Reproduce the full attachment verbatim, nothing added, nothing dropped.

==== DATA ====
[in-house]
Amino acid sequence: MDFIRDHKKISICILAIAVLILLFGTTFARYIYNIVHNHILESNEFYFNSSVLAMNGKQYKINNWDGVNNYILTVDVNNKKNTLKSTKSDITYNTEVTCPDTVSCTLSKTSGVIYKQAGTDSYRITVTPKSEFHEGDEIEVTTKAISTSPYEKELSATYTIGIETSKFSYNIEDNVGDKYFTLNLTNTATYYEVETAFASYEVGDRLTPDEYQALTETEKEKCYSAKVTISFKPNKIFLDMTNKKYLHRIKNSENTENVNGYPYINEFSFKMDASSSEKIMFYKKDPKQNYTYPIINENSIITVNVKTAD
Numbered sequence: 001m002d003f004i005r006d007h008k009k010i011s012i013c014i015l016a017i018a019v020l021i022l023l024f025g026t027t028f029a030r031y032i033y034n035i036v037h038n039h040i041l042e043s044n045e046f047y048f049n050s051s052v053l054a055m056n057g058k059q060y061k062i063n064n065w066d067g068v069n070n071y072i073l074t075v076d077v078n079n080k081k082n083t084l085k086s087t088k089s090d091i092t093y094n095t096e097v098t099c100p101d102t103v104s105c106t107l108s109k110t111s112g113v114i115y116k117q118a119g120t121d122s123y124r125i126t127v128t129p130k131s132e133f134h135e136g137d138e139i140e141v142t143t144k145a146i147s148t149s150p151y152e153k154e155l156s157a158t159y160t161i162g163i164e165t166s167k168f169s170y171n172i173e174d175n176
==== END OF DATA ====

[in-house]
Amino acid sequence: MDFIRDHKKISICILAIAVLILLFGTTFARYIYNIVHNHILESNEFYFNSSVLAMNGKQYKINNWDGVNNYILTVDVNNKKNTLKSTKSDITYNTEVTCPDTVSCTLSKTSGVIYKQAGTDSYRITVTPKSEFHEGDEIEVTTKAISTSPYEKELSATYTIGIETSKFSYNIEDNVGDKYFTLNLTNTATYYEVETAFASYEVGDRLTPDEYQALTETEKEKCYSAKVTISFKPNKIFLDMTNKKYLHRIKNSENTENVNGYPYINEFSFKMDASSSEKIMFYKKDPKQNYTYPIINENSIITVNVKTAD
Numbered sequence: 001m002d003f004i005r006d007h008k009k010i011s012i013c014i015l016a017i018a019v020l021i022l023l024f025g026t027t028f029a030r031y032i033y034n035i036v037h038n039h040i041l042e043s044n045e046f047y048f049n050s051s052v053l054a055m056n057g058k059q060y061k062i063n064n065w066d067g068v069n070n071y072i073l074t075v076d077v078n079n080k081k082n083t084l085k086s087t088k089s090d091i092t093y094n095t096e097v098t099c100p101d102t103v104s105c106t107l108s109k110t111s112g113v114i115y116k117q118a119g120t121d122s123y124r125i126t127v128t129p130k131s132e133f134h135e136g137d138e139i140e141v142t143t144k145a146i147s148t149s150p151y152e153k154e155l156s157a158t159y160t161i162g163i164e165t166s167k168f169s170y171n172i173e174d175n176